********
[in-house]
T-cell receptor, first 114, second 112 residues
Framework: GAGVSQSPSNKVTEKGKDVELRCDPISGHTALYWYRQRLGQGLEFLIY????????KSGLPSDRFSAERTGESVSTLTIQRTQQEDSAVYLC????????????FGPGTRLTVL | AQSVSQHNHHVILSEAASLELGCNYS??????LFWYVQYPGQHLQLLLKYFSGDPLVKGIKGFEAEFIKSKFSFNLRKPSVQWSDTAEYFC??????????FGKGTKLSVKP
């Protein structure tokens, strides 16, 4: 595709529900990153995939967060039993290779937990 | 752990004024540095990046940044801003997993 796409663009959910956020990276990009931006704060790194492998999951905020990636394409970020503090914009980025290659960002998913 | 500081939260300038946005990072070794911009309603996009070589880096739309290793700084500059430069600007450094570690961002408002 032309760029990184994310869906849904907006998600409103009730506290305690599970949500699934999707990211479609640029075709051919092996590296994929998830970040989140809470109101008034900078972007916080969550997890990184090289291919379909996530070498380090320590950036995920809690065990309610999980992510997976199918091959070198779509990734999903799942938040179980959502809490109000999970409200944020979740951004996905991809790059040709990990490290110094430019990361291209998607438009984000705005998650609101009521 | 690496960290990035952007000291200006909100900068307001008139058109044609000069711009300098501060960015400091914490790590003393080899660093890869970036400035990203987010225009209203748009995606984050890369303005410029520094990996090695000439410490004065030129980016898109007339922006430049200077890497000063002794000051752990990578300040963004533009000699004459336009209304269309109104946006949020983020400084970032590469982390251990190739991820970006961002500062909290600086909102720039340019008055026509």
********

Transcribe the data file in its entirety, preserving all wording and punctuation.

[in-house]
T-cell receptor, first 114, second 112 residues
Framework: GAGVSQSPSNKVTEKGKDVELRCDPISGHTALYWYRQRLGQGLEFLIY????????KSGLPSDRFSAERTGESVSTLTIQRTQQEDSAVYLC????????????FGPGTRLTVL | AQSVSQHNHHVILSEAASLELGCNYS??????LFWYVQYPGQHLQLLLKYFSGDPLVKGIKGFEAEFIKSKFSFNLRKPSVQWSDTAEYFC??????????FGKGTKLSVKP
């Protein structure tokens, strides 16, 4: 595709529900990153995939967060039993290779937990 | 752990004024540095990046940044801003997993 796409663009959910956020990276990009931006704060790194492998999951905020990636394409970020503090914009980025290659960002998913 | 500081939260300038946005990072070794911009309603996009070589880096739309290793700084500059430069600007450094570690961002408002 032309760029990184994310869906849904907006998600409103009730506290305690599970949500699934999707990211479609640029075709051919092996590296994929998830970040989140809470109101008034900078972007916080969550997890990184090289291919379909996530070498380090320590950036995920809690065990309610999980992510997976199918091959070198779509990734999903799942938040179980959502809490109000999970409200944020979740951004996905991809790059040709990990490290110094430019990361291209998607438009984000705005998650609101009521 | 690496960290990035952007000291200006909100900068307001008139058109044609000069711009300098501060960015400091914490790590003393080899660093890869970036400035990203987010225009209203748009995606984050890369303005410029520094990996090695000439410490004065030129980016898109007339922006430049200077890497000063002794000051752990990578300040963004533009000699004459336009209304269309109104946006949020983020400084970032590469982390251990190739991820970006961002500062909290600086909102720039340019008055026509």